Smart developers don’t let good ideas go to waste. Instead of mothballing technology, they continue to refine it and that’s the case with Harmonix’s new project “Fuser.”
The backbone of the music-mixing games comes from “Dropmix,” a card-based title that Harmonix made in conjunction with Hasbro. It never achieved the same success as its previous efforts such as “Rock Band” or “Guitar Hero,” but the potential of the project was intriguing enough that they saw a future in it.
“The evolution of music games maps with Harmonix’s history,” said project manager Daniel Sussman. “My sense is that the world is ready for a rhythm-action game, where there’s more you can do than see button and press button.”
With “Fuser” players have creative agency as they play the DJ and mix music at festivals. Players have four tracks tied to drums, bass line, vocals and instruments. Harmonix splits most of the tracks into these four elements and they let players drop parts of them into the mix.
The technology adapts the tracks and blends them to a coherent song. It’s like magic. Tunes that may not go together suddenly find a shared beat where elements of the song bleed through. That’s the basis of both “Dropmix” and “Fuser.” But while “Dropmix” focused on competitive card competition as a way to discover mixes, “Fuser” is more straightforward and follows a path comparable to “Guitar Hero.”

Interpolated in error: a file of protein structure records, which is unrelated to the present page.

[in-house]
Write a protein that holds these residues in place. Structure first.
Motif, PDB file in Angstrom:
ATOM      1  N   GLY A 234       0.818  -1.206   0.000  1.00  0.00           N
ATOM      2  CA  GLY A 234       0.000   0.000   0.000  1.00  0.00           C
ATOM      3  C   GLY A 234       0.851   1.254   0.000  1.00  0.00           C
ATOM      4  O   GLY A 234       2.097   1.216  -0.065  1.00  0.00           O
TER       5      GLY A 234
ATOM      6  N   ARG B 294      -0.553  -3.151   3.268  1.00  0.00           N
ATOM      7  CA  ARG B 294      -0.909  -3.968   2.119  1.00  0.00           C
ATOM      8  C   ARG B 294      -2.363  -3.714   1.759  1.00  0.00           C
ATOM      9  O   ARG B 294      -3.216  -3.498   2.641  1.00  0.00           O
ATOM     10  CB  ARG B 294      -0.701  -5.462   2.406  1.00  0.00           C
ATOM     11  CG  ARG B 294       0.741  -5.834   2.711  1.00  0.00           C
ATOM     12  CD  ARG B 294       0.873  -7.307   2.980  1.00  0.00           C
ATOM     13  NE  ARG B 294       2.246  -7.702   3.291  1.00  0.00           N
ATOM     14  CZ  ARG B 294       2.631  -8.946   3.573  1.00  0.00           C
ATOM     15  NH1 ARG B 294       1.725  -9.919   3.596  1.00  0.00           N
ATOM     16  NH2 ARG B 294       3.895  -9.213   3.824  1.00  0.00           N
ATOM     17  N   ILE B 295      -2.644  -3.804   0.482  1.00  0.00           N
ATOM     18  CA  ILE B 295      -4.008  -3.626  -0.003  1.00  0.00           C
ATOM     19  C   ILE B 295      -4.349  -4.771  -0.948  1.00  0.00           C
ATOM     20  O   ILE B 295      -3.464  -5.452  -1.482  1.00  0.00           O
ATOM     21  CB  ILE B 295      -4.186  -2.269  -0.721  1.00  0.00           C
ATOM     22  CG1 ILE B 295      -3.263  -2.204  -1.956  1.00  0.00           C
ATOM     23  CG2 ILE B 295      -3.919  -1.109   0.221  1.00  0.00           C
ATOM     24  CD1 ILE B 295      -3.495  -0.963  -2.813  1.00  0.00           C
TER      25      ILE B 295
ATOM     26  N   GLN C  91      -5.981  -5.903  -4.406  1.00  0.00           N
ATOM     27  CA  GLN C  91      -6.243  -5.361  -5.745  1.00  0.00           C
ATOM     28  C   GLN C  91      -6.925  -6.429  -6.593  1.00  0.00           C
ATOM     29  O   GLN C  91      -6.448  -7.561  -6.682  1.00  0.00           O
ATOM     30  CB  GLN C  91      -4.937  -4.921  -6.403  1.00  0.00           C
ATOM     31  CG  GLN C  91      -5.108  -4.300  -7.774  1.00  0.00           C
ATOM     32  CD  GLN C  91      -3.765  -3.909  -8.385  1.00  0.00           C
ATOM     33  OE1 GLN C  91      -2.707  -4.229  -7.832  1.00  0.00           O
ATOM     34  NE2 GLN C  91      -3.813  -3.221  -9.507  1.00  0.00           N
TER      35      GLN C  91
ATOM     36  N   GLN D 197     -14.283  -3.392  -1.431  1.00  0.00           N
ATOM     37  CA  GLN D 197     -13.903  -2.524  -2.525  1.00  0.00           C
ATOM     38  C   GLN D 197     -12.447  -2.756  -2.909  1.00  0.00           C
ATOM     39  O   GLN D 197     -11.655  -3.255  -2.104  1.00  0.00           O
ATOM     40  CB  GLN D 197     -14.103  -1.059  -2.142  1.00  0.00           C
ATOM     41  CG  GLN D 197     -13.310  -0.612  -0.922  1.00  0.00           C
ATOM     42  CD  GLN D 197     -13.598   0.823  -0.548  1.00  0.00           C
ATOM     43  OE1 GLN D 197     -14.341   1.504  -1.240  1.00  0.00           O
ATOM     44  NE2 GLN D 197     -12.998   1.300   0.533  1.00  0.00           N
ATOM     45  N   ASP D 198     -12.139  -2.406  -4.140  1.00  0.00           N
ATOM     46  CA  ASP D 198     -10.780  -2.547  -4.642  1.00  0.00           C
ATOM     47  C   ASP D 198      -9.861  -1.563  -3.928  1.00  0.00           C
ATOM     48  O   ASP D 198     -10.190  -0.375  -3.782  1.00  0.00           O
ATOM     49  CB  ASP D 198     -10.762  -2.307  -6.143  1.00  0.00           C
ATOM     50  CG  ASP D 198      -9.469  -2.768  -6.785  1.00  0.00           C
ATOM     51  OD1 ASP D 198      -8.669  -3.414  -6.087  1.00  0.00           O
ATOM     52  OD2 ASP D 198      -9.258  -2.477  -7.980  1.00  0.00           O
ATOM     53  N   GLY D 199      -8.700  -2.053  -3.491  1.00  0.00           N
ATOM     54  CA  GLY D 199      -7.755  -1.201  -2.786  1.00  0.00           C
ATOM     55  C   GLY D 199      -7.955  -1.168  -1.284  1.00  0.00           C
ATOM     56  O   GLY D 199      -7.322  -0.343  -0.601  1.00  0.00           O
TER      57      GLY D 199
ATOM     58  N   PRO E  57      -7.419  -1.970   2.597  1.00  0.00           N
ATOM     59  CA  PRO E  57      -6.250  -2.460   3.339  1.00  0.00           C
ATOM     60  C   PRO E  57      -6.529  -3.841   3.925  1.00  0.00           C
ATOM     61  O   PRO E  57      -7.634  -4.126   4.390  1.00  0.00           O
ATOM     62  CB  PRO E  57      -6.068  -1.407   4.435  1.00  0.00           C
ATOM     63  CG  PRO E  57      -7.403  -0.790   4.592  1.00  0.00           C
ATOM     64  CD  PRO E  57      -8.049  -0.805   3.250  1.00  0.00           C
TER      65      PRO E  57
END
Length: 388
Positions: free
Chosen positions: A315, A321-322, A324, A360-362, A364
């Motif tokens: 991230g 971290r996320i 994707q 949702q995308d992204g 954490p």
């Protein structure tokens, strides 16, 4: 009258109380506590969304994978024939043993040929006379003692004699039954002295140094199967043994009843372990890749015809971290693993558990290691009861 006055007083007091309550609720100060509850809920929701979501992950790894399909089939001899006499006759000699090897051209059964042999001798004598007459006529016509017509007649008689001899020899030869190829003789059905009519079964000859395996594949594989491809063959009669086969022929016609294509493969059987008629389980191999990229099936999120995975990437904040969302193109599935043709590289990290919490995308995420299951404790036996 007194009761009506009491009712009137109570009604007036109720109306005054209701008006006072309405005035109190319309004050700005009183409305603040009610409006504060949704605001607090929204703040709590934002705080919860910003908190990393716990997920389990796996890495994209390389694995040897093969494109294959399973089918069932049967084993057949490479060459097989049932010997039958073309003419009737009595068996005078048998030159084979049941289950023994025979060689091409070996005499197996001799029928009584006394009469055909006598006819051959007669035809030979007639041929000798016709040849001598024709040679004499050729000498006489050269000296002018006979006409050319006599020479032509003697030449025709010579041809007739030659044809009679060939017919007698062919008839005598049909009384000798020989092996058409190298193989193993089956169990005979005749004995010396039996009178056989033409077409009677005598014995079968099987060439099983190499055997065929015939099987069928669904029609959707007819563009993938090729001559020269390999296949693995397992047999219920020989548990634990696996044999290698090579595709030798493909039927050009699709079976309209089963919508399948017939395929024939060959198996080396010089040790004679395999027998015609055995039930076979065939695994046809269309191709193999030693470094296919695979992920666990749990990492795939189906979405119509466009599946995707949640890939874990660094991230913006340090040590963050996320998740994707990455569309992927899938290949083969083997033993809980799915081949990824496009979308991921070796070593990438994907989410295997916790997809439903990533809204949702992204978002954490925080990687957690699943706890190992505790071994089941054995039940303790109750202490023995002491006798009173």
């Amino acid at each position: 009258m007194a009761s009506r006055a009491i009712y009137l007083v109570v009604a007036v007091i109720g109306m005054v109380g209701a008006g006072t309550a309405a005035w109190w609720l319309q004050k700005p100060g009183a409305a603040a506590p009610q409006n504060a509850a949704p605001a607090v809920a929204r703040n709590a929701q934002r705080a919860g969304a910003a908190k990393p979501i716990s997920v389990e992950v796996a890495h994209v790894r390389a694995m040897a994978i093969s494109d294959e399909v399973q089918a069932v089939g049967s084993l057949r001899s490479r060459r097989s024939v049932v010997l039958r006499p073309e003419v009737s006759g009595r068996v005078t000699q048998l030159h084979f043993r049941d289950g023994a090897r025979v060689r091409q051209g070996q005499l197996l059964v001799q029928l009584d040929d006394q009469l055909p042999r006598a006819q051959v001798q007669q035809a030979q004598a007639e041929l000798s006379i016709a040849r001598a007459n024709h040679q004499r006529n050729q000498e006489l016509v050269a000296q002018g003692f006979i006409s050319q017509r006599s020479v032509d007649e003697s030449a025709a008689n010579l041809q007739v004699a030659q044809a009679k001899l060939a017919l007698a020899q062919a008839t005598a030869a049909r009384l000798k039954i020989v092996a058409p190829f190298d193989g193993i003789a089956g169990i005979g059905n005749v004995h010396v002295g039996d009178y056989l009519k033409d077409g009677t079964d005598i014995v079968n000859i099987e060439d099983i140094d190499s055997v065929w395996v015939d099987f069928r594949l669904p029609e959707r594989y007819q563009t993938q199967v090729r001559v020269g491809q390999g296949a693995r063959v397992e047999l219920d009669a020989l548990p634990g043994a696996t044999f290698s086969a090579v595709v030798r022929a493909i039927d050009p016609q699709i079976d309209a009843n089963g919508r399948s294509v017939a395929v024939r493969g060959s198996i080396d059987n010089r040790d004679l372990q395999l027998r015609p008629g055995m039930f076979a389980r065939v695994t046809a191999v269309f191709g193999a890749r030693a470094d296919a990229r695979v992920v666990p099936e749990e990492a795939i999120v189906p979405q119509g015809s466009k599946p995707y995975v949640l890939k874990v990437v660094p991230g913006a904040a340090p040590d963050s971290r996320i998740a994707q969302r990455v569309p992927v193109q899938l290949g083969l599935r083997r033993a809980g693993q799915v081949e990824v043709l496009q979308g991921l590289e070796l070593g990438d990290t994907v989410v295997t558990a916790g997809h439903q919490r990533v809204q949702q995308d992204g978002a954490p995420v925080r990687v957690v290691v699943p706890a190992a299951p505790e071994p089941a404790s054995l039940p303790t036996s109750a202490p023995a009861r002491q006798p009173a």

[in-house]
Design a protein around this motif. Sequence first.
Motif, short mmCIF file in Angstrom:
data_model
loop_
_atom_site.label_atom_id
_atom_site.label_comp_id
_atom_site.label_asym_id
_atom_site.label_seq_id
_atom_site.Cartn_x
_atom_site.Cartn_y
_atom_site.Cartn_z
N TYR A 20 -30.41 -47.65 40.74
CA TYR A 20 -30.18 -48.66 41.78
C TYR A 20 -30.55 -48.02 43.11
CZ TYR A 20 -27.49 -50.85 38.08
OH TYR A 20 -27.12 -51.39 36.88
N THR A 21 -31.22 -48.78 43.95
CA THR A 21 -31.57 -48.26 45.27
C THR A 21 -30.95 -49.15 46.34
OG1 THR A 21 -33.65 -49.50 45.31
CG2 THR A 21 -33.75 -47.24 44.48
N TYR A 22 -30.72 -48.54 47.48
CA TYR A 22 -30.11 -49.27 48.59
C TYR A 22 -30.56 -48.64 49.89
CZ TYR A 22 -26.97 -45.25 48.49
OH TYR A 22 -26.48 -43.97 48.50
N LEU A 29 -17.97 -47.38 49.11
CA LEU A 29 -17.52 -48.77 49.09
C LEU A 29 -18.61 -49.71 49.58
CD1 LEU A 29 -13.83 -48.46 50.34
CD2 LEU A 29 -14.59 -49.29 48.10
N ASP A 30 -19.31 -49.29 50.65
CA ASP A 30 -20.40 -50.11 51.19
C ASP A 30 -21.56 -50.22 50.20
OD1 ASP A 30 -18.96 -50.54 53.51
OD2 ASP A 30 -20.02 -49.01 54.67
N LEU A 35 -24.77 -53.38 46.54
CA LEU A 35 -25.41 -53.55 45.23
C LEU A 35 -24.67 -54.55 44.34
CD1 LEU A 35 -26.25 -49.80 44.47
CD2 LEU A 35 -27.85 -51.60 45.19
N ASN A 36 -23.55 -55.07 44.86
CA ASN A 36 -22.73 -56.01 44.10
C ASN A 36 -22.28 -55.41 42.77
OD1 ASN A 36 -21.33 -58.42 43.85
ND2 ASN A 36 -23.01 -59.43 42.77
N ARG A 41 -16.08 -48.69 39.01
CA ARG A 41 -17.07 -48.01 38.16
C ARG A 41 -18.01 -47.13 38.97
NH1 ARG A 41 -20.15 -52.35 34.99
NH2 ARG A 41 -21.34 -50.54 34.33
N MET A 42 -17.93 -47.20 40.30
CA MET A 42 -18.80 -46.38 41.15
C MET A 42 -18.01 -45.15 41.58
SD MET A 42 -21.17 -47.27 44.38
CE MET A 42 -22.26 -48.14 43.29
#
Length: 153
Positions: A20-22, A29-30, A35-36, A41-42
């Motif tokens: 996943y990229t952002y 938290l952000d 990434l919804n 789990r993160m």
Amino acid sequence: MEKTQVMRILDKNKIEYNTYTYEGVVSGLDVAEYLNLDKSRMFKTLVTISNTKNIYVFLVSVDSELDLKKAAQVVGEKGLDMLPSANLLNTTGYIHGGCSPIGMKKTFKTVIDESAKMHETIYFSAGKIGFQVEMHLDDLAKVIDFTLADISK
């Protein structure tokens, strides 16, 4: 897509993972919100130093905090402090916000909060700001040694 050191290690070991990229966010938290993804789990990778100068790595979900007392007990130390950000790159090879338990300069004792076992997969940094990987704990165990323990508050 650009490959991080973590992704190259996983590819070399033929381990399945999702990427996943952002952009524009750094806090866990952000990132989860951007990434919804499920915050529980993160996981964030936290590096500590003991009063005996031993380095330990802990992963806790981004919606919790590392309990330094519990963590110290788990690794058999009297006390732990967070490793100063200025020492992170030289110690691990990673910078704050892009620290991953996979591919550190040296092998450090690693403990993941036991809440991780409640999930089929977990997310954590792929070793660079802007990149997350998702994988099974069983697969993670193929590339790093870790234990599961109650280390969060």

As a DJ in the campaign, players have to follow the direction of a promoter who fires off requirements of a set. The promoter will ask players to to drop the bass line of “Don’t Fear the Reaper” into the mix or throw in two pop songs. At the beginning, players have ample time to complete the request, but as the difficulty increases, they’ll have shorter time to complete the task.
Thankfully, adding tracks is easy as scrolling through a crate full of music using the bumper buttons, highlighting a song and using the face buttons to add it to the mix. Each face button corresponds to the drums, bass line, vocals and instrument.
As players get used to the concept, the game will require them to learn more advanced techniques such as adding a track on the downbeat. This lets the change-up flow smoothly. At first, I had difficulty with it. The timing has to be precise and players will have to watch a beat bar and time their button …
Source:: East Bay – Entertainment